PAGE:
The red-eyed tree frog's prey, and predators
Although red-eyed tree frogs are carnivores (and skilled hunters), they are by no means at the top of the food chain, being preyed upon by snakes, alligators, owls and bats, amongst other, larger creatures.
Also, while red-eyed tree frogs are not themselves considered threatened, their habitat certainly is endangered.
The habitat of the red-eyed tree frog
The red-eyed tree frog inhabits the rainforests of places like Mexico, Panama and Costa Rica, and further afield into Columbia, in South America.
These cute little tree frogs like a warm environment all year round, with high levels of humidity - because, as is the case with most amphibians, they are very dependent on water.
Why is the red-eyed tree frog so highly-coloured?
The beauty of the red-eyed tree frog's colouration is probably one of the reasons that it is so often kept as a pet in captivity.
Its back is emerald green, its inner legs are sky-blue, and white or yellow and blue striped sides. It even has colourful orange toes!
To add to this display, the colour of the red-eyed tree frog's upper back changes at different times of day - changing between an almost-fluorescent green to a darker, emerald shade.
Why are its eyes red? Predators of the red-eyed tree frog.
The red-eyed tree frog's eyes bring us back to the original question about its predators.
It's thought that the frogs rely on their eyes to give them time to escape from animals who would otherwise catch them, due to something called "startle colouration".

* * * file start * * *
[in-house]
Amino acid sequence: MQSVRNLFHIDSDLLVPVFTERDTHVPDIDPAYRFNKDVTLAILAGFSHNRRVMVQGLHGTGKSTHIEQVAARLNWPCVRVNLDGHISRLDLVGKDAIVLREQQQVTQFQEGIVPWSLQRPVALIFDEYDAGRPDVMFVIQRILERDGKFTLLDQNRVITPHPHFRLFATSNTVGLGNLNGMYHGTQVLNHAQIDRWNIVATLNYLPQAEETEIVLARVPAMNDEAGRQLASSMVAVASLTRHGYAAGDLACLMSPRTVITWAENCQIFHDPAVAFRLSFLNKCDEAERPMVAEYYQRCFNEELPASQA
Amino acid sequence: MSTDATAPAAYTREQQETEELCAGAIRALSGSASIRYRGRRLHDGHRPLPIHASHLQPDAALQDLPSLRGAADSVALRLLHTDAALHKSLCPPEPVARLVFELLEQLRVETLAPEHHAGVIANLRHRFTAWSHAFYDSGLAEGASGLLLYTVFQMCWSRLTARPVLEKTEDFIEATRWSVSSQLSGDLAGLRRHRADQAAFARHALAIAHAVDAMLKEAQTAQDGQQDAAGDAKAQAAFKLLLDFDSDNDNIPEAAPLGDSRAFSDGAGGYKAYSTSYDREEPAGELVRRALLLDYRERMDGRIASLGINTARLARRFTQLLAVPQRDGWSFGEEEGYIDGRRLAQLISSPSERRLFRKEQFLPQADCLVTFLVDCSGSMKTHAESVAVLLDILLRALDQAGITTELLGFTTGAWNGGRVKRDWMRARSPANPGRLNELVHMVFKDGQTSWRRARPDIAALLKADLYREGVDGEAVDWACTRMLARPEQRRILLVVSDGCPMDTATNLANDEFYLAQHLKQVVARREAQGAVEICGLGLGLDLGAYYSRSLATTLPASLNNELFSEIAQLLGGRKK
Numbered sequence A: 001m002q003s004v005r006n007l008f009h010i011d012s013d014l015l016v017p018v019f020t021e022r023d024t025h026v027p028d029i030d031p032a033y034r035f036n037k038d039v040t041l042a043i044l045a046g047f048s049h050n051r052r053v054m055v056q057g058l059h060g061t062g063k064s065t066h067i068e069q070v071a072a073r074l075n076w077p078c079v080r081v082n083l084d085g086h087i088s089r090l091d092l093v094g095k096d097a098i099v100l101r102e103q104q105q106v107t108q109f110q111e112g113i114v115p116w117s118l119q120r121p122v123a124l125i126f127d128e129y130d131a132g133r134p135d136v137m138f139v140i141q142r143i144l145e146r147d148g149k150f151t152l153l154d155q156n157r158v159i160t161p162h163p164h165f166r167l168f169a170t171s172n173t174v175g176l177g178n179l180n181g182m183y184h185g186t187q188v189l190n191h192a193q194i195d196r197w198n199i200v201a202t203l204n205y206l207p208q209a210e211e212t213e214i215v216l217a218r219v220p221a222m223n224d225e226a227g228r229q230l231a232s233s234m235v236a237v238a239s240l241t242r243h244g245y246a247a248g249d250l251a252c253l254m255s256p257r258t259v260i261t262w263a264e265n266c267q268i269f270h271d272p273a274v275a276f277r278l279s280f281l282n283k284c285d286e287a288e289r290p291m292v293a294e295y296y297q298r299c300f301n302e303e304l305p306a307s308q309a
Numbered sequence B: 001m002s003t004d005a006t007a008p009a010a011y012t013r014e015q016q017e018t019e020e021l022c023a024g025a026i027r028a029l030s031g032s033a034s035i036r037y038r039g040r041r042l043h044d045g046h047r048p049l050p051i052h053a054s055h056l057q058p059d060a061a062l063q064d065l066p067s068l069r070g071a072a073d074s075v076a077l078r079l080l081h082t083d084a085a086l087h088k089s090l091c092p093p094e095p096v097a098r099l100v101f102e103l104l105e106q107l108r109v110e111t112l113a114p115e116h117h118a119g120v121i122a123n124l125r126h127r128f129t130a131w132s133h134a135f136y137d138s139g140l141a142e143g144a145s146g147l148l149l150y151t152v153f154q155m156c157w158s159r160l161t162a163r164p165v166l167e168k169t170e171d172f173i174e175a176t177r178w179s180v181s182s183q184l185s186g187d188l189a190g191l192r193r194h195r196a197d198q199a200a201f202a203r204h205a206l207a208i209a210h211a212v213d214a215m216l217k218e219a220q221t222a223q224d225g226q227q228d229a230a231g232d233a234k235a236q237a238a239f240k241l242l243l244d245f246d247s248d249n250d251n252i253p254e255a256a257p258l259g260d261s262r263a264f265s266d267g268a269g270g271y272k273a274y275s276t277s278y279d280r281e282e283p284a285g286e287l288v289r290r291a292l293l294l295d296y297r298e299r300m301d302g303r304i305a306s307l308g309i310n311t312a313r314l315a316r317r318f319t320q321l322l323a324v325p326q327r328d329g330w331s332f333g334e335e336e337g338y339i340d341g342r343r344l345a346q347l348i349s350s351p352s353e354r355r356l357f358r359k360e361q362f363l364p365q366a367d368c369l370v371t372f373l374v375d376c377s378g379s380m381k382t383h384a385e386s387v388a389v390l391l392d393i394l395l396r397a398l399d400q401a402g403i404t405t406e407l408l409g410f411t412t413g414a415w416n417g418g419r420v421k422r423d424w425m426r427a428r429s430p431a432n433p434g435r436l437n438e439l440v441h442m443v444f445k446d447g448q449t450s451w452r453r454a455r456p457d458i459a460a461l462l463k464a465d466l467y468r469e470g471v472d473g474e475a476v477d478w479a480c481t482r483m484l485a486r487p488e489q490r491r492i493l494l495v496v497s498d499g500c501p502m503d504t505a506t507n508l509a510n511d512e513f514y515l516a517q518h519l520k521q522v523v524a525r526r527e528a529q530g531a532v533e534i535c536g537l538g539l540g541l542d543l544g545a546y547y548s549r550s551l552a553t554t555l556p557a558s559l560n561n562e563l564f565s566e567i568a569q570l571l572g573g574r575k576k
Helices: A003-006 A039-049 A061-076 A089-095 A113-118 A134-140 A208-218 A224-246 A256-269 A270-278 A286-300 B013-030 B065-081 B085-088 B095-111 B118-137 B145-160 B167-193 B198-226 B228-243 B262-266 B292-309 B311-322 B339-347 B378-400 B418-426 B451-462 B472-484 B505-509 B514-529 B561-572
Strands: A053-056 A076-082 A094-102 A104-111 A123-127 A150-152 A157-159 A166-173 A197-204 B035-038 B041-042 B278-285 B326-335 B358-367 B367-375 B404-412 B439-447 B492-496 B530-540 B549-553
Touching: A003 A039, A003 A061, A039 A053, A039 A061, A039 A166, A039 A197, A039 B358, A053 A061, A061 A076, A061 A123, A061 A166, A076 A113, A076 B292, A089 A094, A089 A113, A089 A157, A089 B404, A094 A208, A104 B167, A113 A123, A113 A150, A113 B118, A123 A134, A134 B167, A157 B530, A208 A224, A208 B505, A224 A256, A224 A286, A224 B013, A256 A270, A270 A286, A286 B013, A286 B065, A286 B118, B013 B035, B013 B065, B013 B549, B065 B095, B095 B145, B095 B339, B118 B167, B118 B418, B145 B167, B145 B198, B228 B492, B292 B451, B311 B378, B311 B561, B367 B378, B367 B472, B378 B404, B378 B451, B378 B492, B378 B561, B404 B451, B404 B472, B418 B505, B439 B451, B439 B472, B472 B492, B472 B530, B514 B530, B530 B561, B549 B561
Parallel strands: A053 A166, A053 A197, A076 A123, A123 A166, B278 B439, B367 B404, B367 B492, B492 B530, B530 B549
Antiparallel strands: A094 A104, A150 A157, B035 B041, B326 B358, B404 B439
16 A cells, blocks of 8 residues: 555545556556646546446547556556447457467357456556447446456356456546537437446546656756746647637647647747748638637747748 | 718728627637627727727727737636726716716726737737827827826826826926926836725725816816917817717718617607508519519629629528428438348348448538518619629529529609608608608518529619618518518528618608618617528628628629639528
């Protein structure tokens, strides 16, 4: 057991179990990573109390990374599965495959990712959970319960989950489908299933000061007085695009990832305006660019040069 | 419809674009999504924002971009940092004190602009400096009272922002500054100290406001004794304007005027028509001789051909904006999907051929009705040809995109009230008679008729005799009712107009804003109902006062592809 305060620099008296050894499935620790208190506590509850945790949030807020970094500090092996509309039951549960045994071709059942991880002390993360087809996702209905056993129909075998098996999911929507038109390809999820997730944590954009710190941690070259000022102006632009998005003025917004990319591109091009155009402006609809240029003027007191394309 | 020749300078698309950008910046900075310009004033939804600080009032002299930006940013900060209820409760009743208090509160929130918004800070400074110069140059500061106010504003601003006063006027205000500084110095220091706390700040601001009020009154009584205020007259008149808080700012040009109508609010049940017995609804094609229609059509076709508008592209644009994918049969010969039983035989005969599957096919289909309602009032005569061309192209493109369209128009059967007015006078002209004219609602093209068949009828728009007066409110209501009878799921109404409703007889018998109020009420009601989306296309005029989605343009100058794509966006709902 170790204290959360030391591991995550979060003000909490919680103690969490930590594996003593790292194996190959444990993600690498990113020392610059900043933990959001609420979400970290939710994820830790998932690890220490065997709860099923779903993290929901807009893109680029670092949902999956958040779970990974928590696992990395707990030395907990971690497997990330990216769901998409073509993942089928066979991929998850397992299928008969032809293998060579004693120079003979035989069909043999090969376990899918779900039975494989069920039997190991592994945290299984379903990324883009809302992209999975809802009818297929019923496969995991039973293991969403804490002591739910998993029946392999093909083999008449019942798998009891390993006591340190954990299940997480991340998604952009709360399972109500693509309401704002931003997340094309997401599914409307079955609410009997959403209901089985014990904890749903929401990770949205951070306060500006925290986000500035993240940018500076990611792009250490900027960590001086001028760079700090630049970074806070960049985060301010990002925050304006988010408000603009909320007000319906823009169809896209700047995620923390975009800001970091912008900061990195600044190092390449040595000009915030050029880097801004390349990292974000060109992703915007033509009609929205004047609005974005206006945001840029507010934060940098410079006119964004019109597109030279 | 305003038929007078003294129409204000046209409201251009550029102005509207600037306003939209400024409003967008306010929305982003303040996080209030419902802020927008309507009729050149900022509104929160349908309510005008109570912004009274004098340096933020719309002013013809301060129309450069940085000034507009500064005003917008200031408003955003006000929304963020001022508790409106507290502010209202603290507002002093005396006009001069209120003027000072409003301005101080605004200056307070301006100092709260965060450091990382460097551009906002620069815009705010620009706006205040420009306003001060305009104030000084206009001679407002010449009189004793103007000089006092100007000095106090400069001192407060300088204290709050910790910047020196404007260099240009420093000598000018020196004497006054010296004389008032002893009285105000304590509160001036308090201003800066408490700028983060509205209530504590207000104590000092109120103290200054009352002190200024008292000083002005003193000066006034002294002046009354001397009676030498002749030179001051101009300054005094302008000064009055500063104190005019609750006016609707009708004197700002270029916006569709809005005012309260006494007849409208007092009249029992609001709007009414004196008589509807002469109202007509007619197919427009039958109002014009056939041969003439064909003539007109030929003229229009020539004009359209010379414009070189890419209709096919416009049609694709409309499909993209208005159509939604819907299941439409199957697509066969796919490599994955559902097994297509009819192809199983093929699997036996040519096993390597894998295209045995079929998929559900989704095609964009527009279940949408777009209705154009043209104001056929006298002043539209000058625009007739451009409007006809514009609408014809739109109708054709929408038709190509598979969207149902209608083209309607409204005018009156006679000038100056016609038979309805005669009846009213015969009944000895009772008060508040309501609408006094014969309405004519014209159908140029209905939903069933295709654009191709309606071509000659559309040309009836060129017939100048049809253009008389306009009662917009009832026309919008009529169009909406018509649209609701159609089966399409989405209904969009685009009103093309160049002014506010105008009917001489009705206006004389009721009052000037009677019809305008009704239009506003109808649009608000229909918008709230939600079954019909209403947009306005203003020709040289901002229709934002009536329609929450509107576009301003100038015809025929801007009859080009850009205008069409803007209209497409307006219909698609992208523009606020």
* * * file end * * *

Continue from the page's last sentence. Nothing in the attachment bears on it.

This means that predators - who might inadvertently come across the tree frog camouflaged by the foliage in the forest - are then likely to be so stunned by the frog's red eyes for a few seconds, that they will pause in shock - allowing the frog to make its escape.
Apparently, the red eyes can also have a "ghost effect" on the retinas of snakes, birds and other predators who rely mainly on the visual detection of prey, confusing them.
The red-eyed tree frog as predator - and its prey
These frogs are strictly carnivorous, and usually eat insects, such as moths, beetles and crickets - which they catch with their long, sticky tongues.
They are skilled hunters, and will also eat other small invertebrates and, sometimes, other frogs. They normally eat only at night.
Are red-eyed tree frogs poisonous?
According to National Geographic, they aren't venomous - which is probably a good thing, at least for those people who insist on keeping them as pets!
Here's a great, time-lapse video of the red-eyed tree frog, which might explain why they're so popular.